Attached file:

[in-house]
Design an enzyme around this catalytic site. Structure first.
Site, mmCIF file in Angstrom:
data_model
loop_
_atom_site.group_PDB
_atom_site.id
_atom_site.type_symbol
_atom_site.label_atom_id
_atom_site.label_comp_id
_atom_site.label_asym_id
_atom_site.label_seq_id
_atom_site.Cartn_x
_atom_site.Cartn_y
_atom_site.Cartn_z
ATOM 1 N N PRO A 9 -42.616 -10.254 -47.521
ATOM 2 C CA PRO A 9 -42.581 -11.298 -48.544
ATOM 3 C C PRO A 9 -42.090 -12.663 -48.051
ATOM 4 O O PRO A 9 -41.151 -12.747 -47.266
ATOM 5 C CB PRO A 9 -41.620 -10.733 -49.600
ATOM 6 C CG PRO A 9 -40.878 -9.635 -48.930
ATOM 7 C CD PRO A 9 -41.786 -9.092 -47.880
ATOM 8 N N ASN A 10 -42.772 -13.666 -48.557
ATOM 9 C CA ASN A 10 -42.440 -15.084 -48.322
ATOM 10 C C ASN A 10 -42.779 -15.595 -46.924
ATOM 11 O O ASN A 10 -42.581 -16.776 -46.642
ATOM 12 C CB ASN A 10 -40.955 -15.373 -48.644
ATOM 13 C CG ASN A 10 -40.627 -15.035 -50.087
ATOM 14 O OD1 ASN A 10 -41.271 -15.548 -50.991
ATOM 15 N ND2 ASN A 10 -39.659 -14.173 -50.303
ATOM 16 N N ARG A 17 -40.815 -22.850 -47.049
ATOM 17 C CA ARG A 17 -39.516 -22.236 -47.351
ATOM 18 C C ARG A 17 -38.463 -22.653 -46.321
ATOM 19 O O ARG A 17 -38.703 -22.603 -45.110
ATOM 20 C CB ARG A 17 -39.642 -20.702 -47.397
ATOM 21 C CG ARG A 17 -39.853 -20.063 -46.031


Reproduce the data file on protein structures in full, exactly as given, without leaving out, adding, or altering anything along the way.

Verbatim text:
[in-house]
Design an enzyme around this catalytic site. Structure first.
Site, mmCIF file in Angstrom:
data_model
loop_
_atom_site.group_PDB
_atom_site.id
_atom_site.type_symbol
_atom_site.label_atom_id
_atom_site.label_comp_id
_atom_site.label_asym_id
_atom_site.label_seq_id
_atom_site.Cartn_x
_atom_site.Cartn_y
_atom_site.Cartn_z
ATOM 1 N N PRO A 9 -42.616 -10.254 -47.521
ATOM 2 C CA PRO A 9 -42.581 -11.298 -48.544
ATOM 3 C C PRO A 9 -42.090 -12.663 -48.051
ATOM 4 O O PRO A 9 -41.151 -12.747 -47.266
ATOM 5 C CB PRO A 9 -41.620 -10.733 -49.600
ATOM 6 C CG PRO A 9 -40.878 -9.635 -48.930
ATOM 7 C CD PRO A 9 -41.786 -9.092 -47.880
ATOM 8 N N ASN A 10 -42.772 -13.666 -48.557
ATOM 9 C CA ASN A 10 -42.440 -15.084 -48.322
ATOM 10 C C ASN A 10 -42.779 -15.595 -46.924
ATOM 11 O O ASN A 10 -42.581 -16.776 -46.642
ATOM 12 C CB ASN A 10 -40.955 -15.373 -48.644
ATOM 13 C CG ASN A 10 -40.627 -15.035 -50.087
ATOM 14 O OD1 ASN A 10 -41.271 -15.548 -50.991
ATOM 15 N ND2 ASN A 10 -39.659 -14.173 -50.303
ATOM 16 N N ARG A 17 -40.815 -22.850 -47.049
ATOM 17 C CA ARG A 17 -39.516 -22.236 -47.351
ATOM 18 C C ARG A 17 -38.463 -22.653 -46.321
ATOM 19 O O ARG A 17 -38.703 -22.603 -45.110
ATOM 20 C CB ARG A 17 -39.642 -20.702 -47.397
ATOM 21 C CG ARG A 17 -39.853 -20.063 -46.031